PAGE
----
A copy of the medical report, which was handed into the pardons committee in February but had not been released, was obtained by Cuarto Poder, an investigative journalism TV program. The report, which was commissioned in order to evaluate a humanitarian pardon for Fujimori, said that the former President has a “recurring depressive disorder.” Three of five psychiatrists, of a total of 12 medical specialists who prepared the report, said that Fujimori is suffering from severe depression and should be closely watched as there is a risk of suicide. The other two psychiatrists diagnosed a moderate depression.
Fujimori, 74, is serving a 25-year prison sentence for human rights and corruption crimes. His family has requested a pardon from President Ollanta Humala, citing the former President’s poor health. He has undergone surgery several times in recent years to treat a tumor growth in his mouth that his family and doctors have said is cancerous. The report, however, confirms earlier state cancer hospital reports that the former lesion area should be under observation but that it is no longer cancerous.
The release of the report has set off a debate about whether the former President should be released from prison early.
Congressman Fredy Otarola, a member of Humala’s Gana Peru party, said the report shows there “should be no reason to pardon Fujimori.”
However, lawmaker Victor Andres Garcia Belaunde of the Popular Christian Party, PPC, said the report shouldn’t be the final decision. “This is a humanitarian issue where there aren’t clear rules,” he said, according to daily El Comercio.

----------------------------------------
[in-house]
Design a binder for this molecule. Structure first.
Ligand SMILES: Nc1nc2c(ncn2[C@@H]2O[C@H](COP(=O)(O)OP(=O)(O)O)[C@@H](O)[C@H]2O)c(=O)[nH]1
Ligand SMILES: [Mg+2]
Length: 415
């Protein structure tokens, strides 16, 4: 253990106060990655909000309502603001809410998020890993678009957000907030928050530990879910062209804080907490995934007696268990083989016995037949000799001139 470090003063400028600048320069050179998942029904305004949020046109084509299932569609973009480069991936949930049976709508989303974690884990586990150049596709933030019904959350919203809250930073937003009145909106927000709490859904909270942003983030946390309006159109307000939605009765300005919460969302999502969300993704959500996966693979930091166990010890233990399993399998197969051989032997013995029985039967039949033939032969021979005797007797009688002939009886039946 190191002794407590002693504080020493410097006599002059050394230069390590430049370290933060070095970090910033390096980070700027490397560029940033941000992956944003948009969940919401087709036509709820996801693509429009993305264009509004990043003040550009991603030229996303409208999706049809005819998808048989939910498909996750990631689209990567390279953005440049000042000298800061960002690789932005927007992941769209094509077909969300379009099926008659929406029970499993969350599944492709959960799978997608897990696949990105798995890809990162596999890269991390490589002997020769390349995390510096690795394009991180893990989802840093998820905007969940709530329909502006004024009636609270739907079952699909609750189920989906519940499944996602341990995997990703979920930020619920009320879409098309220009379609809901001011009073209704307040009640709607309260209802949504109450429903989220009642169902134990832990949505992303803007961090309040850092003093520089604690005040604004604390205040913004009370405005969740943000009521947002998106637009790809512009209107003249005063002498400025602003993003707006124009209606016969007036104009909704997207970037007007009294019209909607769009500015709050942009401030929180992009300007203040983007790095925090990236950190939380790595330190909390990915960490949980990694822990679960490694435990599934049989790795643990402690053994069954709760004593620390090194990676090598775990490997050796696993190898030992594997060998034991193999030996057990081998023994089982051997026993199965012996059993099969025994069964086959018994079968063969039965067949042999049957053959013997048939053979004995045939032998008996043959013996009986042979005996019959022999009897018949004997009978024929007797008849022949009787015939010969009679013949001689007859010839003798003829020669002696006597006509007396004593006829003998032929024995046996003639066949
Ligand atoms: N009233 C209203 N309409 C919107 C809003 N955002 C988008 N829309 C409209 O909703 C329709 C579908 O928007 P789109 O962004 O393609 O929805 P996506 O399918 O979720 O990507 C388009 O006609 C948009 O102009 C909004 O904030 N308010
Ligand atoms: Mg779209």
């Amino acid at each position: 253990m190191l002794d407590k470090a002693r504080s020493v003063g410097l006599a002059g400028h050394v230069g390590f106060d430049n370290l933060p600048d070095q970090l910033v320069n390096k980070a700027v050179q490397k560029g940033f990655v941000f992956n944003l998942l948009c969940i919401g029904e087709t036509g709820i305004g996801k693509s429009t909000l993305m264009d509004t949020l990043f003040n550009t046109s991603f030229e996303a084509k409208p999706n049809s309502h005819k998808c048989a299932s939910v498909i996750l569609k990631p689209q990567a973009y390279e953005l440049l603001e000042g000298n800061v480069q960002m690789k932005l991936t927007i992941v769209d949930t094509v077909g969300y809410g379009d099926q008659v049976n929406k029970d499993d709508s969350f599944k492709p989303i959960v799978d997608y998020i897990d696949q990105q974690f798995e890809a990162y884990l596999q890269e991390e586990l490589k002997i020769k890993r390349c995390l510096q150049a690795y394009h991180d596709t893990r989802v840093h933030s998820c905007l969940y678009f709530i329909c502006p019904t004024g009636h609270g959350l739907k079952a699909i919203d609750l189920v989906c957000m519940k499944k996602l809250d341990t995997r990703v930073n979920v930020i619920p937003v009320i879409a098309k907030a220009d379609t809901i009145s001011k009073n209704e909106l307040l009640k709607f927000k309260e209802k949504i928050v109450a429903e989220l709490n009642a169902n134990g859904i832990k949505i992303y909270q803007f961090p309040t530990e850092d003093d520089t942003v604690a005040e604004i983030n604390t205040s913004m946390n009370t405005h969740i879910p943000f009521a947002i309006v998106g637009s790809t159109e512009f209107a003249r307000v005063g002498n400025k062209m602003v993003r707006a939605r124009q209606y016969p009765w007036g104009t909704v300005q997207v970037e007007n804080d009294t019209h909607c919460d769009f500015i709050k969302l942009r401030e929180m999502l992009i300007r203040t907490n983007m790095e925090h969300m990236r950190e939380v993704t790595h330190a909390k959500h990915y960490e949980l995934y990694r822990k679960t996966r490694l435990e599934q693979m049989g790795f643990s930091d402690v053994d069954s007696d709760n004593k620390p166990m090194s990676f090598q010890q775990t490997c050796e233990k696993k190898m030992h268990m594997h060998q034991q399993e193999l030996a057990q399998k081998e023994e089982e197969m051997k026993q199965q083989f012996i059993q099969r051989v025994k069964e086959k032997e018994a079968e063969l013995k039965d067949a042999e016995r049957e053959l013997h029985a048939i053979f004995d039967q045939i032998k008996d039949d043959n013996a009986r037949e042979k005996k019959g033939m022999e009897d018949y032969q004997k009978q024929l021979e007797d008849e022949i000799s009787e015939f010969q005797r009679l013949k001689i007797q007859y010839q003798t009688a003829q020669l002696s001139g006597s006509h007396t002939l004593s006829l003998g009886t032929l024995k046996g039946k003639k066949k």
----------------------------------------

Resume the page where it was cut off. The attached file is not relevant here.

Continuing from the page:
Legislators who support Fujimori, including his son Kenji Fujimori, said that President Humala should still pardon the former head of state. Kenji Fujimori said that Humala will be remembered based on his decision, “as a generous and humane president or as a cruel and vengeful president.”
According to former assistant state attorney Ronald Gamarra, the minister of Justice, Eda Rivas, should now close the file of the pardon request because the medical report does not meet the requirements to even consider the request. Gamarra was in charge during the Toledo administration of investigating the corruption and human rights violations during the Fujimori government and his findings led to the successful extradition of Fujimori from Chile and the subsequent trials, as well as the trials and convictions of a number of cabinet ministers, armed forces commander Nicolas Hermoza and intelligence chief Vladimiro Montesinos.
The senior prosecutor in the Fujimori trials, Avelino Guillen, agrees that the medical report shows there are no grounds for a presidential pardon. When asked if the depression could provide grounds, he said on Ideele Radio that “Absolutely not. If we did a survey of all the prisoners in the country, 99% of them would show strong symptoms of depression; if it were a justification, we would have to release almost everyone who is in jail.”